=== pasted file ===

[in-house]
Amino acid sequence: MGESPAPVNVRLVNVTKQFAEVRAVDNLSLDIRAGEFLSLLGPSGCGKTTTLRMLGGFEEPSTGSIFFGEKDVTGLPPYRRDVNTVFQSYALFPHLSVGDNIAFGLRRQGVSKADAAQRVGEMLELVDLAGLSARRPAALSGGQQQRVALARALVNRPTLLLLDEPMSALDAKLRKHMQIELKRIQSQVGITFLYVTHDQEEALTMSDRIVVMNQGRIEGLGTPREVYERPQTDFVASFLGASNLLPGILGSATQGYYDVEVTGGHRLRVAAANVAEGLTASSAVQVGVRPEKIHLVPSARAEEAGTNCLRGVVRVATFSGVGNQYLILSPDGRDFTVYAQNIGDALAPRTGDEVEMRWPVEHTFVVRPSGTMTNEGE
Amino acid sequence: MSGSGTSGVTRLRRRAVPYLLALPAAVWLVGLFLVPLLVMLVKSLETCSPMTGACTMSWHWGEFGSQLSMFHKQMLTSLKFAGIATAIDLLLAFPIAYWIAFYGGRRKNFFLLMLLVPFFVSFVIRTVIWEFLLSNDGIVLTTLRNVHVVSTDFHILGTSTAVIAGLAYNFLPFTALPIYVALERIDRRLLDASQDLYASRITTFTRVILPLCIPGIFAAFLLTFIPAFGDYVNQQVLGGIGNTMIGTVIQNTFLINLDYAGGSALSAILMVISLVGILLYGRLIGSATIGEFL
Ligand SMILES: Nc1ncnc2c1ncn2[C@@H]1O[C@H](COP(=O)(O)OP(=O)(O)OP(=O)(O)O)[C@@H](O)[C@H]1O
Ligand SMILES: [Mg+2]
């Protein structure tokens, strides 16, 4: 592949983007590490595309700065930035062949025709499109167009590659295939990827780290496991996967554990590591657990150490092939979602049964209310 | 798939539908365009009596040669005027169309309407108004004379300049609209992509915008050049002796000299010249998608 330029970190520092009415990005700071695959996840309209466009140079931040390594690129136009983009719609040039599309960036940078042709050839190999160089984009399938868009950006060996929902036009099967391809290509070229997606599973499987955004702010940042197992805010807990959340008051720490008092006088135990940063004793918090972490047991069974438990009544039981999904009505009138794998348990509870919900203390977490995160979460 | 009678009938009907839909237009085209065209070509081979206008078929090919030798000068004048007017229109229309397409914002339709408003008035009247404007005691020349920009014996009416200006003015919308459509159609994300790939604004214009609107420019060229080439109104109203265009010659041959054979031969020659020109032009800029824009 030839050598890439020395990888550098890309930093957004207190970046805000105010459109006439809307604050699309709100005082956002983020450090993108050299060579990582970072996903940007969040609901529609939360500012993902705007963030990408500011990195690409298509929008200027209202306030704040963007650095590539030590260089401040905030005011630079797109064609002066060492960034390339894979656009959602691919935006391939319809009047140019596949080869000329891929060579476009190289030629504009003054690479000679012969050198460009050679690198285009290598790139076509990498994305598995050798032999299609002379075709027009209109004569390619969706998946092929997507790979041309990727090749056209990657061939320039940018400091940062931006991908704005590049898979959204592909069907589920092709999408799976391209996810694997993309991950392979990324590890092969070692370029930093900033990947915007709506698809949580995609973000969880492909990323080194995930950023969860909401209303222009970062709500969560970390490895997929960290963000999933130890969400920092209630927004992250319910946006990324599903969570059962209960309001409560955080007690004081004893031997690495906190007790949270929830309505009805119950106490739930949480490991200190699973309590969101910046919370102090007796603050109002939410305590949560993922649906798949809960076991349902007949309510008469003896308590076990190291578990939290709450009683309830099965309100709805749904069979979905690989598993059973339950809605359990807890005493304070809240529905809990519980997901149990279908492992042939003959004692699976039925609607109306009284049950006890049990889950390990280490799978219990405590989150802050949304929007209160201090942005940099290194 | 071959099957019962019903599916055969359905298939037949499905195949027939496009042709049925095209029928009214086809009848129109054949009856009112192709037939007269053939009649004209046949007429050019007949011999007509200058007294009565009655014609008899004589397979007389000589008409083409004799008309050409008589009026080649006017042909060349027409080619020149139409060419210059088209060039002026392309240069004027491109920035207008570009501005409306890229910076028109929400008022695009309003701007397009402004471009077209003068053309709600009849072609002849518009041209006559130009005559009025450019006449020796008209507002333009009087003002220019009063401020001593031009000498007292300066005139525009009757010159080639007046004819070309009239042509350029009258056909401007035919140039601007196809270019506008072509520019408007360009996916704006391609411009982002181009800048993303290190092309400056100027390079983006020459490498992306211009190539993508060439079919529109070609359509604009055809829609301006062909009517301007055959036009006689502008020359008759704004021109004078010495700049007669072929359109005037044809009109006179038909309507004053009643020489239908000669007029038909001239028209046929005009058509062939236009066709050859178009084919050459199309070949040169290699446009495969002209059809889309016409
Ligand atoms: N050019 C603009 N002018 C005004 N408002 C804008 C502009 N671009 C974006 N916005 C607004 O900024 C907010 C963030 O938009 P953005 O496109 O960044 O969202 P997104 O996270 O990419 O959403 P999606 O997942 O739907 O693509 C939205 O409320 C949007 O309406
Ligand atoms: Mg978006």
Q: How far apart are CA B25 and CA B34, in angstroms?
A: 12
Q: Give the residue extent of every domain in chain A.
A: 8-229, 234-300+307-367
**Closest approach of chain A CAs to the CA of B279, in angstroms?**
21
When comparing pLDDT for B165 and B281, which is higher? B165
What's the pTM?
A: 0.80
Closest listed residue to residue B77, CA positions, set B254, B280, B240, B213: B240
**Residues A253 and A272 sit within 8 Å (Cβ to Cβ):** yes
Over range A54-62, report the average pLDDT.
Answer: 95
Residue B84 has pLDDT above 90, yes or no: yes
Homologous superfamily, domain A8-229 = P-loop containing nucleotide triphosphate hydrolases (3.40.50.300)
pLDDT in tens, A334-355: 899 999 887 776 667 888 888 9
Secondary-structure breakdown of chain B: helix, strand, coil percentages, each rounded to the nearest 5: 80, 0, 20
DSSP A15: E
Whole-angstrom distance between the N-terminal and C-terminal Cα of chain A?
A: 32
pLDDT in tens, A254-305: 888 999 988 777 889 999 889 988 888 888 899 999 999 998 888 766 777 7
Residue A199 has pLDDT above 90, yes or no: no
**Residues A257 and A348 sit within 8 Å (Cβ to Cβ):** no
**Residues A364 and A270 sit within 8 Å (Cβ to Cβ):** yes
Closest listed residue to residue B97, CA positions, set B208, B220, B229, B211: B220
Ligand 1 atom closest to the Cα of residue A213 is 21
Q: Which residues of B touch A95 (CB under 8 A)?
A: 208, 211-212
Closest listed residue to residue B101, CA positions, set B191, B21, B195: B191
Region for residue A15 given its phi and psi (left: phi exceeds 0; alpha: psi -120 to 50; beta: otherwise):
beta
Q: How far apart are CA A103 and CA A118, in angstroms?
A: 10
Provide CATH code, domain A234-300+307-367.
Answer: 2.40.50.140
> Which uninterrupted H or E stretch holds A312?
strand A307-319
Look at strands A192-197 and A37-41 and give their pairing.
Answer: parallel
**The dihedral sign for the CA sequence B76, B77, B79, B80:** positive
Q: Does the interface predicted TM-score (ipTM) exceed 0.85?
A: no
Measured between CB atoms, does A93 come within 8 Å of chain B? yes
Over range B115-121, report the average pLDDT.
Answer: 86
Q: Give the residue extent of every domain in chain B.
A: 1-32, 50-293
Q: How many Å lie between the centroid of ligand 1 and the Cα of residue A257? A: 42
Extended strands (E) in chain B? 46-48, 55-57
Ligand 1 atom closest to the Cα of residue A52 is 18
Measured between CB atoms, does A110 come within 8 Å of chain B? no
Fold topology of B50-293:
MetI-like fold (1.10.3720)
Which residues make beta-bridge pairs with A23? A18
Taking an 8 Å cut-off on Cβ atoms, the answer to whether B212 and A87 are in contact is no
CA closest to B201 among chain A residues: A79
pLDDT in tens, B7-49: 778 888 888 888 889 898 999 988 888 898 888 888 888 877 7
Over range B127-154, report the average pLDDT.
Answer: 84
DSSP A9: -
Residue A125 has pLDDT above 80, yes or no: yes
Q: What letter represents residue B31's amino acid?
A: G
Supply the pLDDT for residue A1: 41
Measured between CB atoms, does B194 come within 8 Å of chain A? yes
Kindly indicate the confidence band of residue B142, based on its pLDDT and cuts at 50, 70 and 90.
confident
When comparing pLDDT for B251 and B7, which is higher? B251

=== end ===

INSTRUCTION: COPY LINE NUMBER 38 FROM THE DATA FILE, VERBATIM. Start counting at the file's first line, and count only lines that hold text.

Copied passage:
Region for residue A15 given its phi and psi (left: phi exceeds 0; alpha: psi -120 to 50; beta: otherwise):